A Guided Meditation for Invoking One’s Future

by D U A N E L A W, L. A c. | ( 3 1 0 ) 4 9 8 – 2 7 7 7 

by DUANE LAW, L.Ac. | (310) 498-2777 


here are times in life, essential times, when we can start to doubt everything we think we’ve learned. In such times we might question many things we think we’ve decided about ourselves, the world and our place in it.

Buddhists speak of “beginner’s mind” and say it’s essential for all progress. A similar theme echoes in the old Taoist chestnut, “The Tao that can be told is not the Tao.” Specialized neuroendocrine circuits in the brain seem to be there for the express purpose of quieting what we like to think of as the “higher” brain centers, the ones we use to think and speak.

Quieting those brain centers seems to be an essential prerequisite for vital activities: anything creative, deep listening, meditation, sleep. Apparently we can’t be fully human if we think too hard or, at least, can’t take regular breaks from thinking too hard. Even non-human creatures seem to seek out “mind-altering” substances from time to time.

Brilliance is as easily blinding as illuminating. Everything depends on whether we lock our attention into shining on the things we already think we know … or whether we’re secure enough in our worldview to set it aside, shine our light off into the distance, away from the familiar, daring to think fresh ideas, venturing with a beginner’s mind into the unknown.

If life’s beat us up thoroughly enough about the head and heart, that can be tricky. We might cling to our cozy, habitual mindsets like drowning sailors to a piece of wreckage. We indulge our judgment and tell ourselves we’ve learned from experience when what we’re really doing is refusing to learn new tricks.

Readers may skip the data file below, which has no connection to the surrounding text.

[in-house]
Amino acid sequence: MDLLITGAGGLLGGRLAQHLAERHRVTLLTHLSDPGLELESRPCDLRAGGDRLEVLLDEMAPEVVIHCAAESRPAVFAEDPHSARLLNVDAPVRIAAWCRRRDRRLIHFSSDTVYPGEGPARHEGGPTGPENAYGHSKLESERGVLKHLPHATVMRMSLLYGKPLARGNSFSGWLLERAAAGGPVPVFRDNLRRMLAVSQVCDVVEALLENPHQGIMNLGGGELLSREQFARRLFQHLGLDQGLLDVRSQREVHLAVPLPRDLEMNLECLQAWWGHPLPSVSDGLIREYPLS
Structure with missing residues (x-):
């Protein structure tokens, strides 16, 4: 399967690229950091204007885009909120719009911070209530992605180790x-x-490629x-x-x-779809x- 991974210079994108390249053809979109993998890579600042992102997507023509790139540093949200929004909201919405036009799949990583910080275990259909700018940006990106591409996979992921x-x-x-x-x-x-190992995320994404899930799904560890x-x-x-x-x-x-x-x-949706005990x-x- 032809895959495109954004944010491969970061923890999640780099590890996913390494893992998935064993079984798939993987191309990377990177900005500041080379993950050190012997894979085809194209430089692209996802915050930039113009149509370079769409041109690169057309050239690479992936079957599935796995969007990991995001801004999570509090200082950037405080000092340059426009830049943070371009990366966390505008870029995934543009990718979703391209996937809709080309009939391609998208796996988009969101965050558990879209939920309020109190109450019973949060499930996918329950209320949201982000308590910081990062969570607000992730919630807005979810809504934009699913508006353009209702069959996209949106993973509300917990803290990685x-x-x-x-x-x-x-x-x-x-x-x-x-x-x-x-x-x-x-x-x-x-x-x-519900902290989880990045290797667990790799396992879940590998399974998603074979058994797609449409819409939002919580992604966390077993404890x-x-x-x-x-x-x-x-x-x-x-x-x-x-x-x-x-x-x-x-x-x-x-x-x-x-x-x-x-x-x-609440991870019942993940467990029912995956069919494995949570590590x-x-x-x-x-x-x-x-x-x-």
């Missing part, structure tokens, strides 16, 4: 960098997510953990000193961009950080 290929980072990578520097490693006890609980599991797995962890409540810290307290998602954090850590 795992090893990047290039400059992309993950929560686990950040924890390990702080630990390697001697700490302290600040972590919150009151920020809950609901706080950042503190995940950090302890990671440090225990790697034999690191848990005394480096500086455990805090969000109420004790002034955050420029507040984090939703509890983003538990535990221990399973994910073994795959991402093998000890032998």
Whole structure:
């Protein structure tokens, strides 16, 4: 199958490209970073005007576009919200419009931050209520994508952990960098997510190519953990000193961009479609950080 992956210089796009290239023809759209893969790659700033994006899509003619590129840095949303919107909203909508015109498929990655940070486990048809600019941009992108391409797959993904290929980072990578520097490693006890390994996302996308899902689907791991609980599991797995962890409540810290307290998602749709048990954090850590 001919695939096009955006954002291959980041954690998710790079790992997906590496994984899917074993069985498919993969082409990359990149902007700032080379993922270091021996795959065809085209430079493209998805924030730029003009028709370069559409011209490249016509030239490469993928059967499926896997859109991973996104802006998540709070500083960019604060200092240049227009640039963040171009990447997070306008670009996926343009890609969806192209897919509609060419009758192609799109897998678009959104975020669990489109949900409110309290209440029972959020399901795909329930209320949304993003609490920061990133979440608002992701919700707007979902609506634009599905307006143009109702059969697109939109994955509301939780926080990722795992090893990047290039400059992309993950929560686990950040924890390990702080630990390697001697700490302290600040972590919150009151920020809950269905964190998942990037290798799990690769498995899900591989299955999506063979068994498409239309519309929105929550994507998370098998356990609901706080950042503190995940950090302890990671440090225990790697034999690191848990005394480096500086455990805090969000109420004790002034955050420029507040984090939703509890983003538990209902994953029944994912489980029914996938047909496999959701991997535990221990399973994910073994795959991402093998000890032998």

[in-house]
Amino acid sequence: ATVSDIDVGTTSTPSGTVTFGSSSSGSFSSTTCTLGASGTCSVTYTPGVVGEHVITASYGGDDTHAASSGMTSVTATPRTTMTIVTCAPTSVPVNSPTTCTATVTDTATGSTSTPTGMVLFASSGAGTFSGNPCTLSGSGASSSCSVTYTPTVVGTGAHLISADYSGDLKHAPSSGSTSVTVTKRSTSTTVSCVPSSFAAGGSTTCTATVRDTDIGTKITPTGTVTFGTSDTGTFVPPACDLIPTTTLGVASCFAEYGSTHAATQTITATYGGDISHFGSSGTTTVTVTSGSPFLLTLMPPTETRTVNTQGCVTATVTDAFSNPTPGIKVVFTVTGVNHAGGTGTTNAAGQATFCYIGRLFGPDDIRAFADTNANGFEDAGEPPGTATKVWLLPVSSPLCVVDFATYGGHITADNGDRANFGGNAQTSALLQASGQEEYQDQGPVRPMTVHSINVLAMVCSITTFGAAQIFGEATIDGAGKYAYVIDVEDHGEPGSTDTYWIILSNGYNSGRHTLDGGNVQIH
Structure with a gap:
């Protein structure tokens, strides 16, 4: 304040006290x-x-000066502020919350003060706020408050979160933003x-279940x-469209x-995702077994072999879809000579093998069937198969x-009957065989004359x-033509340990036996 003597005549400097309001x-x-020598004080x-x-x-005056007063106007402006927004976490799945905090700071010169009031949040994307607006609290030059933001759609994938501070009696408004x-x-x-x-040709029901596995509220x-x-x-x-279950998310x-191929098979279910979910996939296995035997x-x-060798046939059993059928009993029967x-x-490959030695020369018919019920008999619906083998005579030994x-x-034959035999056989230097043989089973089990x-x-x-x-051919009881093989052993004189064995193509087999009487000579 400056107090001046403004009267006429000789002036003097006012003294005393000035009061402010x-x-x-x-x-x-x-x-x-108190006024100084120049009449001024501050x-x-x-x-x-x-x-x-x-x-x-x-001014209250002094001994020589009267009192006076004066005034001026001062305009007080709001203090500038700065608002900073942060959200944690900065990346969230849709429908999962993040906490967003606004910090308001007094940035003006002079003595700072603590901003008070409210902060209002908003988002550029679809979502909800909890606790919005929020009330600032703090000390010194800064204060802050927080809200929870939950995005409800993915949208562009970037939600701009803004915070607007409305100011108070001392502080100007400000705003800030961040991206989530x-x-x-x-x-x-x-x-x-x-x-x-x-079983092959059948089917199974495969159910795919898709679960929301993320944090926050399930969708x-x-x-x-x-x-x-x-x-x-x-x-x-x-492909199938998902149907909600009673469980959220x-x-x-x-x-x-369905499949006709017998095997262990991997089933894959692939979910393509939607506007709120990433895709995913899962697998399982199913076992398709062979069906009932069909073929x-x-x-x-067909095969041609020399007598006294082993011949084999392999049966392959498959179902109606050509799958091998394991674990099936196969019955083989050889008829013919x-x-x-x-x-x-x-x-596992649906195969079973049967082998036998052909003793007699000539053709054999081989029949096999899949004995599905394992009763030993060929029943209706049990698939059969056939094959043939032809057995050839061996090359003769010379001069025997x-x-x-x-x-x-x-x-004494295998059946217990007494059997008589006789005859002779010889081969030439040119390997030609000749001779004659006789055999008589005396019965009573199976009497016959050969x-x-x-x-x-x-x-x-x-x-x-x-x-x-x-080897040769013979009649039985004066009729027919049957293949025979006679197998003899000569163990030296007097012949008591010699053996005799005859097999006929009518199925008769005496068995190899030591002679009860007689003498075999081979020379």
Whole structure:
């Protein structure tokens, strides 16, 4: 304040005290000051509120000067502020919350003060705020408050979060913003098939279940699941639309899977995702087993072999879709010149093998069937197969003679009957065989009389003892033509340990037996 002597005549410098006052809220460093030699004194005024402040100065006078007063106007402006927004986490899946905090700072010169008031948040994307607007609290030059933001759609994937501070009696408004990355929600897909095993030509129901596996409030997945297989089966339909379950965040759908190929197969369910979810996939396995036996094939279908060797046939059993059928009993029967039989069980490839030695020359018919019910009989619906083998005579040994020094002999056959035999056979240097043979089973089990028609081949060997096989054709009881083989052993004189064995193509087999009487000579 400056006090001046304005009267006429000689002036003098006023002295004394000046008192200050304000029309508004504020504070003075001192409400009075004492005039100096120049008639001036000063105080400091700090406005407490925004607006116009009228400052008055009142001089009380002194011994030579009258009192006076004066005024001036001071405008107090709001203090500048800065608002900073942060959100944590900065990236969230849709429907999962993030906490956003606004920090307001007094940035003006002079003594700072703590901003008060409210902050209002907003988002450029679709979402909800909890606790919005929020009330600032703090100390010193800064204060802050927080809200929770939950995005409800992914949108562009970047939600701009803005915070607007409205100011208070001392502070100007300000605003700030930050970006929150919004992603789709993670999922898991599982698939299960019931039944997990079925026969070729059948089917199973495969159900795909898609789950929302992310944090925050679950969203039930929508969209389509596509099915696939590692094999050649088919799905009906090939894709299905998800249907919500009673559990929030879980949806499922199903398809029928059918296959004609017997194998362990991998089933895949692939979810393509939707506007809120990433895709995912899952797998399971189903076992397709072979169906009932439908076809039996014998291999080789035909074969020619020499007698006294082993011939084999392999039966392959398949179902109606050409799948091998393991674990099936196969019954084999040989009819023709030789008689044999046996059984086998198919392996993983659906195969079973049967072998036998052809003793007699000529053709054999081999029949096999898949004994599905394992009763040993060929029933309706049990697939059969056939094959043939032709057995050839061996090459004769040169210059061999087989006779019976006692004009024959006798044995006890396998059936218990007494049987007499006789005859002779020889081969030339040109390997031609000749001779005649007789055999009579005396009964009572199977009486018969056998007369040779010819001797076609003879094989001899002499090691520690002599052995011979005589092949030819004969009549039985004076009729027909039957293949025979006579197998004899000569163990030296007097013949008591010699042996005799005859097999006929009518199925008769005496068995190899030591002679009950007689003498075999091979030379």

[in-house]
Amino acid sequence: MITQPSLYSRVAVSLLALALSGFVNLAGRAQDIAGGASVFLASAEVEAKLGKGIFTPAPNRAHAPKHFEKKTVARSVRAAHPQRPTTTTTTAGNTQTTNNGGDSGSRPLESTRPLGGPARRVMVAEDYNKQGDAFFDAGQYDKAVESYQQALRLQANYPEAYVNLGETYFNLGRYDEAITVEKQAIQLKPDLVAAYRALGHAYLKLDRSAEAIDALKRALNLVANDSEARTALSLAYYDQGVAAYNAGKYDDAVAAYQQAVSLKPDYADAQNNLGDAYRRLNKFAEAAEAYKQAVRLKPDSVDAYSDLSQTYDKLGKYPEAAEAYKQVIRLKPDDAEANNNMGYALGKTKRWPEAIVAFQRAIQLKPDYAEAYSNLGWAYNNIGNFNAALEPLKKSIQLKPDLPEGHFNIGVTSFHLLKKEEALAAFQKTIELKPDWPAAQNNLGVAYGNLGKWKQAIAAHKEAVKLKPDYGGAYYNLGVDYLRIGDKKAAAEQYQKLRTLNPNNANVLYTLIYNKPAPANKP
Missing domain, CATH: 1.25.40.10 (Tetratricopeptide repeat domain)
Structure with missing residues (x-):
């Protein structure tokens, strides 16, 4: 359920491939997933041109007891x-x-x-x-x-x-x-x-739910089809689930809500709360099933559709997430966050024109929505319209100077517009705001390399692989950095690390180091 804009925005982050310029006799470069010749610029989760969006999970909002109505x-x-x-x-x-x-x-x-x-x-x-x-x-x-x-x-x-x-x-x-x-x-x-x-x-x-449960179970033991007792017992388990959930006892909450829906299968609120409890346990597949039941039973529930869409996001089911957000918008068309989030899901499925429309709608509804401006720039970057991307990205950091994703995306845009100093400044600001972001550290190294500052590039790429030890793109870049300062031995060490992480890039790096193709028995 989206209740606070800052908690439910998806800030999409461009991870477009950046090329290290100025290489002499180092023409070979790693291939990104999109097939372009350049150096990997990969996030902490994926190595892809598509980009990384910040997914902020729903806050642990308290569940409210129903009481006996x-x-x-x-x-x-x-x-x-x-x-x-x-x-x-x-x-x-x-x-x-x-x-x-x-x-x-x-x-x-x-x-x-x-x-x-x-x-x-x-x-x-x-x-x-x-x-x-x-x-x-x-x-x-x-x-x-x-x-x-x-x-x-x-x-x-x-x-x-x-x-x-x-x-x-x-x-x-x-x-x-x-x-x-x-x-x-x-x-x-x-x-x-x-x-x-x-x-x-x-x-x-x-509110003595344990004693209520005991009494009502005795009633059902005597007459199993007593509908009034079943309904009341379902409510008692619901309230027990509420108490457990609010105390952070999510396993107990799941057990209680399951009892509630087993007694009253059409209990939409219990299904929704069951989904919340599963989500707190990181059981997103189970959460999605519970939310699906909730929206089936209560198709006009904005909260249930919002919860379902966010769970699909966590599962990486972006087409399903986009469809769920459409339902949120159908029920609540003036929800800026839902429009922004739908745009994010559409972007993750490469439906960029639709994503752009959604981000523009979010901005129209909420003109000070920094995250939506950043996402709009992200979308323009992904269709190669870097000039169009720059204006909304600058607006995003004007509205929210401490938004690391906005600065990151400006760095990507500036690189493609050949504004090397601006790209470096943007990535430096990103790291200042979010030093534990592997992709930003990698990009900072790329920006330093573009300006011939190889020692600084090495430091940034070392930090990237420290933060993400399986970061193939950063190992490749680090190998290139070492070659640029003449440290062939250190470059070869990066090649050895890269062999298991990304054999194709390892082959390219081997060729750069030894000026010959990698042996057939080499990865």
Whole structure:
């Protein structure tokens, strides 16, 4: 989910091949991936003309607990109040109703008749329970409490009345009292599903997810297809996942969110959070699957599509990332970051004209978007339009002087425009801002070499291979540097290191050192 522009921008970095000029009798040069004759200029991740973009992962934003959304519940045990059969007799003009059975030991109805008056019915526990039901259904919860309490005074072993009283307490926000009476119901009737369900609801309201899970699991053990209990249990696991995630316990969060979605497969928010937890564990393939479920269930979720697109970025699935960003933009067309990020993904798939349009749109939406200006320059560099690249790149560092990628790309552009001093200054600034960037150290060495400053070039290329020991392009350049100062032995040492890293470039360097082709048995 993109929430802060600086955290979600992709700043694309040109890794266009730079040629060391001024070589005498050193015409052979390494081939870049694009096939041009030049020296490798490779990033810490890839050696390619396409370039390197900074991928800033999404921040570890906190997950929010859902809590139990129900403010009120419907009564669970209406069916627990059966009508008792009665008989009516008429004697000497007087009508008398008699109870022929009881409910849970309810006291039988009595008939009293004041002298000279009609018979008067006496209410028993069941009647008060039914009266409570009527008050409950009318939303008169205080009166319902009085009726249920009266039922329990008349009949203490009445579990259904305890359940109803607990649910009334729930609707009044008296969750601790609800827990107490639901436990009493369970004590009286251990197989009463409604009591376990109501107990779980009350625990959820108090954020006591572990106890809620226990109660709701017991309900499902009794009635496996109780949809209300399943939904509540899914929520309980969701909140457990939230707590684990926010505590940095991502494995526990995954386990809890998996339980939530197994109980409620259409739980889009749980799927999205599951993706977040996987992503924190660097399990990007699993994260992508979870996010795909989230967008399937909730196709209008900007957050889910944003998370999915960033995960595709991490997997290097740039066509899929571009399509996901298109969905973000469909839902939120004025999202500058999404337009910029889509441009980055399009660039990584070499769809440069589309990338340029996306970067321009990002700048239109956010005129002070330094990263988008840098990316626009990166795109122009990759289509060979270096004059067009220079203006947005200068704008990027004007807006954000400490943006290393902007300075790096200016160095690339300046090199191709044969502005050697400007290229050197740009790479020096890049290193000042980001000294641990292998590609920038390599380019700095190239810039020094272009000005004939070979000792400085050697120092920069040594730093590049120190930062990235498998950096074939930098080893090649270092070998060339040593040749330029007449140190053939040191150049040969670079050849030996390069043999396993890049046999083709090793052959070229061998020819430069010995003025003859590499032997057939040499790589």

All that gets in the way of growth. Judgment blocks information. If we want to heal root causes instead of papering over our issues with symptom-suppressing patch jobs, we need to set all that aside.

That’s where a good guided meditation or hypnotherapist can come in handy.

I went through such a period in my mid-twenties. Everything I thought was sacred, everything I’d held to be self-evident, came into question. I was drifting aimlessly in life, having had my carefully-laid plans destroyed. I had no clue how to proceed.

It would be decades still before I’d meet the kind of people who could teach me that the essential prerequisite to any kind of lasting success is almost always a unbroken string of spectacular failures. Hardly anyone gets anything right the first time. Or the second. Or the third.

In my twenties … this was an insight I’d yet to learn.

Hardly anyone gets anything right the first time.

Or the second.

Or the third.


Hardly anyone gets anything right the first time.

Or the second.

Or the third.

Discovering My Own Success Room

It was during that dark time that I came upon a hypnotherapist who taught me the Room of Success meditation.

At the time I hadn’t heard of acupuncture. I’d had an old astrologer tell me I’d do well with a subtler form of medicine, like Bach flowers … but I barely knew what they were. I did know I wanted to be a healer of some sort.

Still, I gave it a go. Let the hypnotherapist have at me, let her help me get over a bit of my Catholic damage and actually imagined myself in the kind of room I’d imagine would represent my inevitable future success.

Became an acupuncturist. Started and closed a clinic and school. Helped run a theater for awhile. Did a lot of housecalls.

Finally after twenty years in the business … I began hearing there were jobs for people who did what I did.

Circulated some CVs. Got a few calls and went on a couple of interviews. One of them was at a place called Kerlan-Jobe Orthopaedic Clinic. When I got home and told a few friends, one of them gasped. Apparently I was being hired at one of Southern California’s most prominent orthopaedic clinics. USC professors. Team docs to a number of top-drawer professional sports teams, most of Hollywood, and from the looks of things a decent part of the Middle East.

The first day, I walked through the doors, and onto my station. I had to stop to catch my breath.

It was the scene I’d seen in my mind’s eye, all those decades before, long before I was an acupuncturist, long before the building in which I was standing was even built.


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